| Abner Mattoon|
| October 15, 1814 (1814-10-15) Locke, New York|
November 20, 1895, Oswego, New York, United States
Abner C. Mattoon Wikipedia
Abner Clough Mattoon (October 15, 1814 Locke, Cayuga County, New York – November 20, 1895 Oswego, Oswego County, New York) was an American merchant and politician from New York. He was the builder of the first tugboat that was steam powered that was built and operated west of the Hudson River.
He was born on October 15, 1814, in Locke, New York, to Henry Mattoon.
The family removed to Rochester in 1816. He attended the common schools, and at age 14 began to work on the canals as a horsedriver. Later, he removed to New York City, and then was for a few years a clerk on board a palace steamer on the Mississippi River. In 1844, he returned to Rochester. He married Caroline Nichols in 1844, and they had three children. The couple removed to New York City, and in 1847 to Oswego. He engaged in forwarding, milling, boat construction and the grain trade.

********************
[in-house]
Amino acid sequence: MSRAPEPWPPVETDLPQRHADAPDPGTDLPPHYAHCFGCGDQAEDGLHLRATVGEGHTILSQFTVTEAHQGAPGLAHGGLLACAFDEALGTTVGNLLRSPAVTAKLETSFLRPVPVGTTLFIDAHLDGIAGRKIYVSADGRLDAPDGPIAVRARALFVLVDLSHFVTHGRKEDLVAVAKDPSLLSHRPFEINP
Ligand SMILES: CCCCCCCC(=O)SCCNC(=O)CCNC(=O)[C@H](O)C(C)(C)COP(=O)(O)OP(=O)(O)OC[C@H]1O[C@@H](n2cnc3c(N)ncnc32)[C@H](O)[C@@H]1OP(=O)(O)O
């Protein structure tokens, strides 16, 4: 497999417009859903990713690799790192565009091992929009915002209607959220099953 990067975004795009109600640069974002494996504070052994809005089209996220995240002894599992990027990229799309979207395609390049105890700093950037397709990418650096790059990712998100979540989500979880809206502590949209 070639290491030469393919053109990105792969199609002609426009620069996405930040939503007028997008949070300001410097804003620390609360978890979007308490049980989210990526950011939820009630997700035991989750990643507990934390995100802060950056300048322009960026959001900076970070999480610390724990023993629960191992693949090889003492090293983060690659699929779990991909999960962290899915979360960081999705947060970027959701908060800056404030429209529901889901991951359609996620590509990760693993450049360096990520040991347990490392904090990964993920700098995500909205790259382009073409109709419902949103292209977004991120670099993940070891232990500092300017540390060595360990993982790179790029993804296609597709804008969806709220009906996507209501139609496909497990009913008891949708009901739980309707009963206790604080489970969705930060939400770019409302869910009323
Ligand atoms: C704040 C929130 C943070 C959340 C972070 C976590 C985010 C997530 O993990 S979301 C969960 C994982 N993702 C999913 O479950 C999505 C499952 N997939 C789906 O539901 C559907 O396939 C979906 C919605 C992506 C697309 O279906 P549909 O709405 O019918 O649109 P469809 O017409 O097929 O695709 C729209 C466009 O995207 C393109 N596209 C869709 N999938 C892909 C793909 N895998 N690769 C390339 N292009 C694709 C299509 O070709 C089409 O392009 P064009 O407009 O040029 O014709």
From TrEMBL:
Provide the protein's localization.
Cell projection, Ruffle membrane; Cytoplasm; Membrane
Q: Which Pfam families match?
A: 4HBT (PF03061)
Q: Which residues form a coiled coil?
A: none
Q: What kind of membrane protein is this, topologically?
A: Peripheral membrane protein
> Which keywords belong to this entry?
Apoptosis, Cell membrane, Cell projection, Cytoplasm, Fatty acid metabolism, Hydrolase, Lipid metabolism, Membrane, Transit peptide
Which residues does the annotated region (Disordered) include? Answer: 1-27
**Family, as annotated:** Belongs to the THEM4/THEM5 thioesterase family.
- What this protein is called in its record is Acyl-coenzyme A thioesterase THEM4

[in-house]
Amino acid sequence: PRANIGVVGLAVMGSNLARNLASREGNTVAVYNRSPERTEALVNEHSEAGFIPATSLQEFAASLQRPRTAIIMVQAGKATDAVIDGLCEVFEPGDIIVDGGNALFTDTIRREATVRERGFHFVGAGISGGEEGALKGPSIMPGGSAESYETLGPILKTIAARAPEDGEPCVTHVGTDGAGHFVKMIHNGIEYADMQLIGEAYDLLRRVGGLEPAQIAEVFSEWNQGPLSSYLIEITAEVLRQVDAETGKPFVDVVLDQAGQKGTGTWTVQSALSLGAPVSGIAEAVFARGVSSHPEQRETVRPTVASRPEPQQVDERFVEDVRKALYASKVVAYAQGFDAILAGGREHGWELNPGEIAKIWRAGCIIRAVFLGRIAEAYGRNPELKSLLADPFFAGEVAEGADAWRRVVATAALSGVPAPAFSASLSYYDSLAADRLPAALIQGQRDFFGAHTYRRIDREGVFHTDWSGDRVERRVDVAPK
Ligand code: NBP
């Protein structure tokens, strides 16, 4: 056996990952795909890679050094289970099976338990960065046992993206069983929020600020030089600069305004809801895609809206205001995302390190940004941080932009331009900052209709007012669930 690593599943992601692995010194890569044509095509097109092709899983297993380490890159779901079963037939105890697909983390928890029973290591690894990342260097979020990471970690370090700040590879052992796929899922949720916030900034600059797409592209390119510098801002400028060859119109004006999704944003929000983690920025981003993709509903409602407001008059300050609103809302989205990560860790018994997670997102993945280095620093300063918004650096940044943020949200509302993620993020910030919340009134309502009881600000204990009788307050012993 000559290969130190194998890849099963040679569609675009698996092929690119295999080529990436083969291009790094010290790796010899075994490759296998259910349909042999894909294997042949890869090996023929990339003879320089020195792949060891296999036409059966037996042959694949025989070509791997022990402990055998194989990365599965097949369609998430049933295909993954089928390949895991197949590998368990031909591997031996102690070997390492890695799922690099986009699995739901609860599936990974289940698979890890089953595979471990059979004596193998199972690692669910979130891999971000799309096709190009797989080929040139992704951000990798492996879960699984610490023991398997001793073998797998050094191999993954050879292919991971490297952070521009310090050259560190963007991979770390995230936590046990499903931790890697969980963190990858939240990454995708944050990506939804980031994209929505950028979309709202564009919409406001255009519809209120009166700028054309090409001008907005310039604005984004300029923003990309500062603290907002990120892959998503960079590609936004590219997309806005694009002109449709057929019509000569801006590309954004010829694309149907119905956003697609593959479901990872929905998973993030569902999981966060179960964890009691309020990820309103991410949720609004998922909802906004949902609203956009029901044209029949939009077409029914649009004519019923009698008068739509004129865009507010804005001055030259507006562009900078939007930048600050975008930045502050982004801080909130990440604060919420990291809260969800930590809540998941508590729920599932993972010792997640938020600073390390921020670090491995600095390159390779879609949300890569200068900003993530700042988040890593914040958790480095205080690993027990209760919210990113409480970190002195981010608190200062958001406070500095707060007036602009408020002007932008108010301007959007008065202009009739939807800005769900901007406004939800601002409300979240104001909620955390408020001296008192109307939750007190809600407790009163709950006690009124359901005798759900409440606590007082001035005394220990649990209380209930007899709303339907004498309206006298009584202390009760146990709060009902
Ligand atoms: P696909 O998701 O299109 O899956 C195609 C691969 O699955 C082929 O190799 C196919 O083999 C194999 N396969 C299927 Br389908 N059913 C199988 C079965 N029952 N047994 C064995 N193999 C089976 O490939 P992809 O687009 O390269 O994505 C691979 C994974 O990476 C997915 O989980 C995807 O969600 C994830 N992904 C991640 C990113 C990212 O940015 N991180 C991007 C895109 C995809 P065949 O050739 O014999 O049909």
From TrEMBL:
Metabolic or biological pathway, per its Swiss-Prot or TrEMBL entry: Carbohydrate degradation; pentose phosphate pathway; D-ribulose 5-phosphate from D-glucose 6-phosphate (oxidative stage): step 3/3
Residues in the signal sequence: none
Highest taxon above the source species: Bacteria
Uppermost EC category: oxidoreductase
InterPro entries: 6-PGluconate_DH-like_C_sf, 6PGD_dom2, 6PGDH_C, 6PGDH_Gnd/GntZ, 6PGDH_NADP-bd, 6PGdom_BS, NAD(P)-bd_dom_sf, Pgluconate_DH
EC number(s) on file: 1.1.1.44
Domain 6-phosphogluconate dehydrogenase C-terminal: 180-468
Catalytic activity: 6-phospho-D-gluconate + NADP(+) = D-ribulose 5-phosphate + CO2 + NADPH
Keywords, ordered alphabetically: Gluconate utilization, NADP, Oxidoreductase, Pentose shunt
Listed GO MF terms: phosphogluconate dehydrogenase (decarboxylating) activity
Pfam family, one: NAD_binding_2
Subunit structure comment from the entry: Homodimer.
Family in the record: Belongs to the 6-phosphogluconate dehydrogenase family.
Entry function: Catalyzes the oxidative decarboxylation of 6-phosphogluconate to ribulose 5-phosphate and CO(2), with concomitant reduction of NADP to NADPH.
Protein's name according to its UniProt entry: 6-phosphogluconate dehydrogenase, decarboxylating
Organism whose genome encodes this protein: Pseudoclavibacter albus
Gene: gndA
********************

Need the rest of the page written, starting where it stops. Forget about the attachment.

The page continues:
He entered politics as a Whig, became a Know Nothing, and then joined the Republican Party. In 1853, he was an alderman (3rd Ward) of Oswego.
He was a member of the New York State Assembly (Oswego Co., 1st D.) in 1863 and 1864.
He was a member of the New York State Senate (21st D.) in 1868 and 1869.
His health had been failing for a number of years, and he died on November 20, 1895, at his home in Oswego, New York.